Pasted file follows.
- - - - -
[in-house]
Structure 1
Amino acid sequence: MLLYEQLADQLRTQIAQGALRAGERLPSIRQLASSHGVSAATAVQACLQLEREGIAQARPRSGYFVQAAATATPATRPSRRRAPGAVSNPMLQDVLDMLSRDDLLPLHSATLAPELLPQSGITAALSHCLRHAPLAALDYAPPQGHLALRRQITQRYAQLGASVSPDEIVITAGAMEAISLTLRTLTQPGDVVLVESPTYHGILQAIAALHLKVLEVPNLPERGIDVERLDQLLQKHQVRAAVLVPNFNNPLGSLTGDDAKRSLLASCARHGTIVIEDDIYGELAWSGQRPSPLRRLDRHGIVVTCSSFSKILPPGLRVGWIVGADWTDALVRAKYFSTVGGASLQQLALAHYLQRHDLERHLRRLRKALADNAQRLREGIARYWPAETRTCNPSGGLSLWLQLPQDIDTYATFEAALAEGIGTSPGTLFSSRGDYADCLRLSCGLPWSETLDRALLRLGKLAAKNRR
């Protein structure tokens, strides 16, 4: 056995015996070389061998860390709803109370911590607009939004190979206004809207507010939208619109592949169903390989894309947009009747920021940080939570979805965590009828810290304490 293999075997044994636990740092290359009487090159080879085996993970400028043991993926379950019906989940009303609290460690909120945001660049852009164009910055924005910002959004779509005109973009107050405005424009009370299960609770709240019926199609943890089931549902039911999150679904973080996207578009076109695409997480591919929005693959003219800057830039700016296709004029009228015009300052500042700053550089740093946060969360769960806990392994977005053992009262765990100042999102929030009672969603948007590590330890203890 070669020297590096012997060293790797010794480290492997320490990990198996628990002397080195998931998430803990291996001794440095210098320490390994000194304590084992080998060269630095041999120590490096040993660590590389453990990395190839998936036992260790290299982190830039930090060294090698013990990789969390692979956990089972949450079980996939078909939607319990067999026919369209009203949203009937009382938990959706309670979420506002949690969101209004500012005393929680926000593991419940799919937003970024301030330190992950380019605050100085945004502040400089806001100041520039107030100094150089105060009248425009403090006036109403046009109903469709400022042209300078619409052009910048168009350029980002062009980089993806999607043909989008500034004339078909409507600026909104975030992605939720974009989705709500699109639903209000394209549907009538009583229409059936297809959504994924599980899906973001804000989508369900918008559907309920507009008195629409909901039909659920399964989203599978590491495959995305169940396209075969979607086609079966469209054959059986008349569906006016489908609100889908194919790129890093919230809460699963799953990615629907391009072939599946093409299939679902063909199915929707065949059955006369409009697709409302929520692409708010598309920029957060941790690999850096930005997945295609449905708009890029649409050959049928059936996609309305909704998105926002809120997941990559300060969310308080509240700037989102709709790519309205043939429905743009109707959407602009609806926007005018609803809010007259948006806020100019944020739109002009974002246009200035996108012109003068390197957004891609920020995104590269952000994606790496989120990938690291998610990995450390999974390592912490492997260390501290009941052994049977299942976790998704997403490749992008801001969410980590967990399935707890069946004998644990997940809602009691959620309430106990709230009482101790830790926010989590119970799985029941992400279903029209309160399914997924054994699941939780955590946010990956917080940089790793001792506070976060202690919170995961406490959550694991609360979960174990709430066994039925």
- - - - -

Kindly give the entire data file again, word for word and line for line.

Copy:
[in-house]
Structure 1
Amino acid sequence: MLLYEQLADQLRTQIAQGALRAGERLPSIRQLASSHGVSAATAVQACLQLEREGIAQARPRSGYFVQAAATATPATRPSRRRAPGAVSNPMLQDVLDMLSRDDLLPLHSATLAPELLPQSGITAALSHCLRHAPLAALDYAPPQGHLALRRQITQRYAQLGASVSPDEIVITAGAMEAISLTLRTLTQPGDVVLVESPTYHGILQAIAALHLKVLEVPNLPERGIDVERLDQLLQKHQVRAAVLVPNFNNPLGSLTGDDAKRSLLASCARHGTIVIEDDIYGELAWSGQRPSPLRRLDRHGIVVTCSSFSKILPPGLRVGWIVGADWTDALVRAKYFSTVGGASLQQLALAHYLQRHDLERHLRRLRKALADNAQRLREGIARYWPAETRTCNPSGGLSLWLQLPQDIDTYATFEAALAEGIGTSPGTLFSSRGDYADCLRLSCGLPWSETLDRALLRLGKLAAKNRR
């Protein structure tokens, strides 16, 4: 056995015996070389061998860390709803109370911590607009939004190979206004809207507010939208619109592949169903390989894309947009009747920021940080939570979805965590009828810290304490 293999075997044994636990740092290359009487090159080879085996993970400028043991993926379950019906989940009303609290460690909120945001660049852009164009910055924005910002959004779509005109973009107050405005424009009370299960609770709240019926199609943890089931549902039911999150679904973080996207578009076109695409997480591919929005693959003219800057830039700016296709004029009228015009300052500042700053550089740093946060969360769960806990392994977005053992009262765990100042999102929030009672969603948007590590330890203890 070669020297590096012997060293790797010794480290492997320490990990198996628990002397080195998931998430803990291996001794440095210098320490390994000194304590084992080998060269630095041999120590490096040993660590590389453990990395190839998936036992260790290299982190830039930090060294090698013990990789969390692979956990089972949450079980996939078909939607319990067999026919369209009203949203009937009382938990959706309670979420506002949690969101209004500012005393929680926000593991419940799919937003970024301030330190992950380019605050100085945004502040400089806001100041520039107030100094150089105060009248425009403090006036109403046009109903469709400022042209300078619409052009910048168009350029980002062009980089993806999607043909989008500034004339078909409507600026909104975030992605939720974009989705709500699109639903209000394209549907009538009583229409059936297809959504994924599980899906973001804000989508369900918008559907309920507009008195629409909901039909659920399964989203599978590491495959995305169940396209075969979607086609079966469209054959059986008349569906006016489908609100889908194919790129890093919230809460699963799953990615629907391009072939599946093409299939679902063909199915929707065949059955006369409009697709409302929520692409708010598309920029957060941790690999850096930005997945295609449905708009890029649409050959049928059936996609309305909704998105926002809120997941990559300060969310308080509240700037989102709709790519309205043939429905743009109707959407602009609806926007005018609803809010007259948006806020100019944020739109002009974002246009200035996108012109003068390197957004891609920020995104590269952000994606790496989120990938690291998610990995450390999974390592912490492997260390501290009941052994049977299942976790998704997403490749992008801001969410980590967990399935707890069946004998644990997940809602009691959620309430106990709230009482101790830790926010989590119970799985029941992400279903029209309160399914997924054994699941939780955590946010990956917080940089790793001792506070976060202690919170995961406490959550694991609360979960174990709430066994039925």